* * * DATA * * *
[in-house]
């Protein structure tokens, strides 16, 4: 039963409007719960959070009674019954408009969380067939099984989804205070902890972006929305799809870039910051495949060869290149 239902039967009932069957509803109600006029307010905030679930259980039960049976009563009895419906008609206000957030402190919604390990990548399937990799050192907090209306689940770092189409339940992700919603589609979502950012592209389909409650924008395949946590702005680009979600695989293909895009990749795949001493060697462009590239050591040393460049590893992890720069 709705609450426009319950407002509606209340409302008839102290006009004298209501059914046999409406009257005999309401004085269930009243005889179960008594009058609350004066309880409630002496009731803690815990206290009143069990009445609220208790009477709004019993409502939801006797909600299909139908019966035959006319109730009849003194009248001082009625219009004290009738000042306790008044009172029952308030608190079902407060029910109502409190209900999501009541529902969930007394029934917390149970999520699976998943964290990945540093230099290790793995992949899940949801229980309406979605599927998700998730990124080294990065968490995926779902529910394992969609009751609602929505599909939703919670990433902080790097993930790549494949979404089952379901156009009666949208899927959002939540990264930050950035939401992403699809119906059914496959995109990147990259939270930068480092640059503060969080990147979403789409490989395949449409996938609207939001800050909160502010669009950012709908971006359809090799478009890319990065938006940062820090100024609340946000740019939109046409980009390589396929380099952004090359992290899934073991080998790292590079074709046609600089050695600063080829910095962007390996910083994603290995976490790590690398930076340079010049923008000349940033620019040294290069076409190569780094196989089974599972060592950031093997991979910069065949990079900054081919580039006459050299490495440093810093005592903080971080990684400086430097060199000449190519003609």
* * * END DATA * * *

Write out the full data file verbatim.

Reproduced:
[in-house]
């Protein structure tokens, strides 16, 4: 039963409007719960959070009674019954408009969380067939099984989804205070902890972006929305799809870039910051495949060869290149 239902039967009932069957509803109600006029307010905030679930259980039960049976009563009895419906008609206000957030402190919604390990990548399937990799050192907090209306689940770092189409339940992700919603589609979502950012592209389909409650924008395949946590702005680009979600695989293909895009990749795949001493060697462009590239050591040393460049590893992890720069 709705609450426009319950407002509606209340409302008839102290006009004298209501059914046999409406009257005999309401004085269930009243005889179960008594009058609350004066309880409630002496009731803690815990206290009143069990009445609220208790009477709004019993409502939801006797909600299909139908019966035959006319109730009849003194009248001082009625219009004290009738000042306790008044009172029952308030608190079902407060029910109502409190209900999501009541529902969930007394029934917390149970999520699976998943964290990945540093230099290790793995992949899940949801229980309406979605599927998700998730990124080294990065968490995926779902529910394992969609009751609602929505599909939703919670990433902080790097993930790549494949979404089952379901156009009666949208899927959002939540990264930050950035939401992403699809119906059914496959995109990147990259939270930068480092640059503060969080990147979403789409490989395949449409996938609207939001800050909160502010669009950012709908971006359809090799478009890319990065938006940062820090100024609340946000740019939109046409980009390589396929380099952004090359992290899934073991080998790292590079074709046609600089050695600063080829910095962007390996910083994603290995976490790590690398930076340079010049923008000349940033620019040294290069076409190569780094196989089974599972060592950031093997991979910069065949990079900054081919580039006459050299490495440093810093005592903080971080990684400086430097060199000449190519003609």